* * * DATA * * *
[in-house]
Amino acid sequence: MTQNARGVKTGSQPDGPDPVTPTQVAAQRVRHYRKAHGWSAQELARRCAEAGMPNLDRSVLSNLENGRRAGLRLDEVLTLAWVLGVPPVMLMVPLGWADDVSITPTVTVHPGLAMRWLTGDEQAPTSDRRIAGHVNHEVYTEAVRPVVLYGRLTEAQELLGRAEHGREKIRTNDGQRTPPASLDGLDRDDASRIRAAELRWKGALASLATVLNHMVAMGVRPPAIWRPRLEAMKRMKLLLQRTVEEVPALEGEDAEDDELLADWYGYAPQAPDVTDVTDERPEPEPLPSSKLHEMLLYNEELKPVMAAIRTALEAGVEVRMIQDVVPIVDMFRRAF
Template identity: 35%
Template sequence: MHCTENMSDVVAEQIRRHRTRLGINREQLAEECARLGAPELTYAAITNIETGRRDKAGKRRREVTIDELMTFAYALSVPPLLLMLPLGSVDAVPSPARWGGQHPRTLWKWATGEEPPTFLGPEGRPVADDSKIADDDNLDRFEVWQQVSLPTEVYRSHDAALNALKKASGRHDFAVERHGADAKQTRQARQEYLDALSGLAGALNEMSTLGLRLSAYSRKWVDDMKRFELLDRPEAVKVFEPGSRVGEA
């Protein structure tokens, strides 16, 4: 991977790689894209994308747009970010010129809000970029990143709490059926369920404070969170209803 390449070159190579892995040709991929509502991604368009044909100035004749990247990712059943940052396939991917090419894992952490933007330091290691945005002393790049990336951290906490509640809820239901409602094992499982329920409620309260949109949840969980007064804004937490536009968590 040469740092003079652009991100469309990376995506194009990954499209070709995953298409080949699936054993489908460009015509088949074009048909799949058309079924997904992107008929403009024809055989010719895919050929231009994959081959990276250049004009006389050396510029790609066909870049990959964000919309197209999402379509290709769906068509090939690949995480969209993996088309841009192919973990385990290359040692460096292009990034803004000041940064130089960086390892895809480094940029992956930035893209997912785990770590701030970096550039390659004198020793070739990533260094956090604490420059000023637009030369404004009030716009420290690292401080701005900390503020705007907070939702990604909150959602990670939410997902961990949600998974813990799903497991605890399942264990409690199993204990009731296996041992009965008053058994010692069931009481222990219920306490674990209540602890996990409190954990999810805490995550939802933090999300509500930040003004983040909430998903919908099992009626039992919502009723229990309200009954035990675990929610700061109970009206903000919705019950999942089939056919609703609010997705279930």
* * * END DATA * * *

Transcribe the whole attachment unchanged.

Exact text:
[in-house]
Amino acid sequence: MTQNARGVKTGSQPDGPDPVTPTQVAAQRVRHYRKAHGWSAQELARRCAEAGMPNLDRSVLSNLENGRRAGLRLDEVLTLAWVLGVPPVMLMVPLGWADDVSITPTVTVHPGLAMRWLTGDEQAPTSDRRIAGHVNHEVYTEAVRPVVLYGRLTEAQELLGRAEHGREKIRTNDGQRTPPASLDGLDRDDASRIRAAELRWKGALASLATVLNHMVAMGVRPPAIWRPRLEAMKRMKLLLQRTVEEVPALEGEDAEDDELLADWYGYAPQAPDVTDVTDERPEPEPLPSSKLHEMLLYNEELKPVMAAIRTALEAGVEVRMIQDVVPIVDMFRRAF
Template identity: 35%
Template sequence: MHCTENMSDVVAEQIRRHRTRLGINREQLAEECARLGAPELTYAAITNIETGRRDKAGKRRREVTIDELMTFAYALSVPPLLLMLPLGSVDAVPSPARWGGQHPRTLWKWATGEEPPTFLGPEGRPVADDSKIADDDNLDRFEVWQQVSLPTEVYRSHDAALNALKKASGRHDFAVERHGADAKQTRQARQEYLDALSGLAGALNEMSTLGLRLSAYSRKWVDDMKRFELLDRPEAVKVFEPGSRVGEA
């Protein structure tokens, strides 16, 4: 991977790689894209994308747009970010010129809000970029990143709490059926369920404070969170209803 390449070159190579892995040709991929509502991604368009044909100035004749990247990712059943940052396939991917090419894992952490933007330091290691945005002393790049990336951290906490509640809820239901409602094992499982329920409620309260949109949840969980007064804004937490536009968590 040469740092003079652009991100469309990376995506194009990954499209070709995953298409080949699936054993489908460009015509088949074009048909799949058309079924997904992107008929403009024809055989010719895919050929231009994959081959990276250049004009006389050396510029790609066909870049990959964000919309197209999402379509290709769906068509090939690949995480969209993996088309841009192919973990385990290359040692460096292009990034803004000041940064130089960086390892895809480094940029992956930035893209997912785990770590701030970096550039390659004198020793070739990533260094956090604490420059000023637009030369404004009030716009420290690292401080701005900390503020705007907070939702990604909150959602990670939410997902961990949600998974813990799903497991605890399942264990409690199993204990009731296996041992009965008053058994010692069931009481222990219920306490674990209540602890996990409190954990999810805490995550939802933090999300509500930040003004983040909430998903919908099992009626039992919502009723229990309200009954035990675990929610700061109970009206903000919705019950999942089939056919609703609010997705279930």